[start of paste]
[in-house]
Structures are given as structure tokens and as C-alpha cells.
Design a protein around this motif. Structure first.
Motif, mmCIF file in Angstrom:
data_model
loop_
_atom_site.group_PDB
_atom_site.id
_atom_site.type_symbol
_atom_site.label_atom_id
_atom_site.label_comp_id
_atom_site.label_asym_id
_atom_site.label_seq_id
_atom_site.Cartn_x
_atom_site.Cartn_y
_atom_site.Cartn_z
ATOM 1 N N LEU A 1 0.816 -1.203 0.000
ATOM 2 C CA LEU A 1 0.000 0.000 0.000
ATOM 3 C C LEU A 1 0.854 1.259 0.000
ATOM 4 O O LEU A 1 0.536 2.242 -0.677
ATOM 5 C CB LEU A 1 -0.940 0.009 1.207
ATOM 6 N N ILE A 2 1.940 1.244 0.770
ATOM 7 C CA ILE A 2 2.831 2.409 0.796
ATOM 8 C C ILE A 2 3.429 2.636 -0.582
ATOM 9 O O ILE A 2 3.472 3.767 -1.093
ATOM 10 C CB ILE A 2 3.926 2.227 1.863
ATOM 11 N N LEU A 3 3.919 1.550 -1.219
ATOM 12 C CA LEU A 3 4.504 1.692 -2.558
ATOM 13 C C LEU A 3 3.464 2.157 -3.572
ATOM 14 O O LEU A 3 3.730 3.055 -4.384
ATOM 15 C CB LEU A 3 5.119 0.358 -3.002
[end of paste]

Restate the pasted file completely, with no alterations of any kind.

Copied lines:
[in-house]
Structures are given as structure tokens and as C-alpha cells.
Design a protein around this motif. Structure first.
Motif, mmCIF file in Angstrom:
data_model
loop_
_atom_site.group_PDB
_atom_site.id
_atom_site.type_symbol
_atom_site.label_atom_id
_atom_site.label_comp_id
_atom_site.label_asym_id
_atom_site.label_seq_id
_atom_site.Cartn_x
_atom_site.Cartn_y
_atom_site.Cartn_z
ATOM 1 N N LEU A 1 0.816 -1.203 0.000
ATOM 2 C CA LEU A 1 0.000 0.000 0.000
ATOM 3 C C LEU A 1 0.854 1.259 0.000
ATOM 4 O O LEU A 1 0.536 2.242 -0.677
ATOM 5 C CB LEU A 1 -0.940 0.009 1.207
ATOM 6 N N ILE A 2 1.940 1.244 0.770
ATOM 7 C CA ILE A 2 2.831 2.409 0.796
ATOM 8 C C ILE A 2 3.429 2.636 -0.582
ATOM 9 O O ILE A 2 3.472 3.767 -1.093
ATOM 10 C CB ILE A 2 3.926 2.227 1.863
ATOM 11 N N LEU A 3 3.919 1.550 -1.219
ATOM 12 C CA LEU A 3 4.504 1.692 -2.558
ATOM 13 C C LEU A 3 3.464 2.157 -3.572
ATOM 14 O O LEU A 3 3.730 3.055 -4.384
ATOM 15 C CB LEU A 3 5.119 0.358 -3.002